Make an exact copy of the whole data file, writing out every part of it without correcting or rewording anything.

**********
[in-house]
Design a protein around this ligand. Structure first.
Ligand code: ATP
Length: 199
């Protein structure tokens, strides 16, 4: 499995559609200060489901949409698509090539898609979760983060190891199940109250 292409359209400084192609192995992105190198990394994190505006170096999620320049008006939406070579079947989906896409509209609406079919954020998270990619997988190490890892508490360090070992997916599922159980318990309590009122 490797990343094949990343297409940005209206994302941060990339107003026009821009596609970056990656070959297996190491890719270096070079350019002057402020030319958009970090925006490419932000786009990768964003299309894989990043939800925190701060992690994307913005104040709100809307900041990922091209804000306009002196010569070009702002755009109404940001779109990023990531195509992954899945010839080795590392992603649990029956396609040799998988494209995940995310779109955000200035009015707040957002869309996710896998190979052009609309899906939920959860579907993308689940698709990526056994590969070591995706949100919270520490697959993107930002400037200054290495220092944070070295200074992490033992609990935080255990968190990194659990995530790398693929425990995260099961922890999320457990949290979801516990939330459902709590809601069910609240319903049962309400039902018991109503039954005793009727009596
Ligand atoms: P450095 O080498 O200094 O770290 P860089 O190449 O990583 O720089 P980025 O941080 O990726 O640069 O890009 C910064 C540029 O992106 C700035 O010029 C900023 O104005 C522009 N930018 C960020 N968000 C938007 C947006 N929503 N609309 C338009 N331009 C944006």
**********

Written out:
[in-house]
Design a protein around this ligand. Structure first.
Ligand code: ATP
Length: 199
């Protein structure tokens, strides 16, 4: 499995559609200060489901949409698509090539898609979760983060190891199940109250 292409359209400084192609192995992105190198990394994190505006170096999620320049008006939406070579079947989906896409509209609406079919954020998270990619997988190490890892508490360090070992997916599922159980318990309590009122 490797990343094949990343297409940005209206994302941060990339107003026009821009596609970056990656070959297996190491890719270096070079350019002057402020030319958009970090925006490419932000786009990768964003299309894989990043939800925190701060992690994307913005104040709100809307900041990922091209804000306009002196010569070009702002755009109404940001779109990023990531195509992954899945010839080795590392992603649990029956396609040799998988494209995940995310779109955000200035009015707040957002869309996710896998190979052009609309899906939920959860579907993308689940698709990526056994590969070591995706949100919270520490697959993107930002400037200054290495220092944070070295200074992490033992609990935080255990968190990194659990995530790398693929425990995260099961922890999320457990949290979801516990939330459902709590809601069910609240319903049962309400039902018991109503039954005793009727009596
Ligand atoms: P450095 O080498 O200094 O770290 P860089 O190449 O990583 O720089 P980025 O941080 O990726 O640069 O890009 C910064 C540029 O992106 C700035 O010029 C900023 O104005 C522009 N930018 C960020 N968000 C938007 C947006 N929503 N609309 C338009 N331009 C944006």